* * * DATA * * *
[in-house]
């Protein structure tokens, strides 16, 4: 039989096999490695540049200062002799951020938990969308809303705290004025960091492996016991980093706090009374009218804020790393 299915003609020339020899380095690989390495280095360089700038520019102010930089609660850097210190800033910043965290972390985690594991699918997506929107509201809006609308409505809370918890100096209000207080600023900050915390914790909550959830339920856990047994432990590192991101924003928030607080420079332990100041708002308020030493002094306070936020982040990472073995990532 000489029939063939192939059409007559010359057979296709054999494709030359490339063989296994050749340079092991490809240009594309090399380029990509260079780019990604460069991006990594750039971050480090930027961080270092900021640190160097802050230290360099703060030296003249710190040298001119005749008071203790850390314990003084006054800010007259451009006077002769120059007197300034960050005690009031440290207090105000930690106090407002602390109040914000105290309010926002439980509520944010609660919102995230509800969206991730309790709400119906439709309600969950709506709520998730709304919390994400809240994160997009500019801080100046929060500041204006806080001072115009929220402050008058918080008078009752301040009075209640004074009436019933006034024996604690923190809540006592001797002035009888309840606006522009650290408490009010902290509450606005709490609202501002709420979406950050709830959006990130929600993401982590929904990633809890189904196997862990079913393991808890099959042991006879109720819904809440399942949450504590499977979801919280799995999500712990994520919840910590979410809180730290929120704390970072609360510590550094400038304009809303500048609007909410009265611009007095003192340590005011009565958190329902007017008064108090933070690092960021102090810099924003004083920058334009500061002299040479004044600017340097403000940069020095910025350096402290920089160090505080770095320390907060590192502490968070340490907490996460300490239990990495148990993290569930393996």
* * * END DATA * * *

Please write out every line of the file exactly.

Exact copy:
[in-house]
């Protein structure tokens, strides 16, 4: 039989096999490695540049200062002799951020938990969308809303705290004025960091492996016991980093706090009374009218804020790393 299915003609020339020899380095690989390495280095360089700038520019102010930089609660850097210190800033910043965290972390985690594991699918997506929107509201809006609308409505809370918890100096209000207080600023900050915390914790909550959830339920856990047994432990590192991101924003928030607080420079332990100041708002308020030493002094306070936020982040990472073995990532 000489029939063939192939059409007559010359057979296709054999494709030359490339063989296994050749340079092991490809240009594309090399380029990509260079780019990604460069991006990594750039971050480090930027961080270092900021640190160097802050230290360099703060030296003249710190040298001119005749008071203790850390314990003084006054800010007259451009006077002769120059007197300034960050005690009031440290207090105000930690106090407002602390109040914000105290309010926002439980509520944010609660919102995230509800969206991730309790709400119906439709309600969950709506709520998730709304919390994400809240994160997009500019801080100046929060500041204006806080001072115009929220402050008058918080008078009752301040009075209640004074009436019933006034024996604690923190809540006592001797002035009888309840606006522009650290408490009010902290509450606005709490609202501002709420979406950050709830959006990130929600993401982590929904990633809890189904196997862990079913393991808890099959042991006879109720819904809440399942949450504590499977979801919280799995999500712990994520919840910590979410809180730290929120704390970072609360510590550094400038304009809303500048609007909410009265611009007095003192340590005011009565958190329902007017008064108090933070690092960021102090810099924003004083920058334009500061002299040479004044600017340097403000940069020095910025350096402290920089160090505080770095320390907060590192502490968070340490907490996460300490239990990495148990993290569930393996």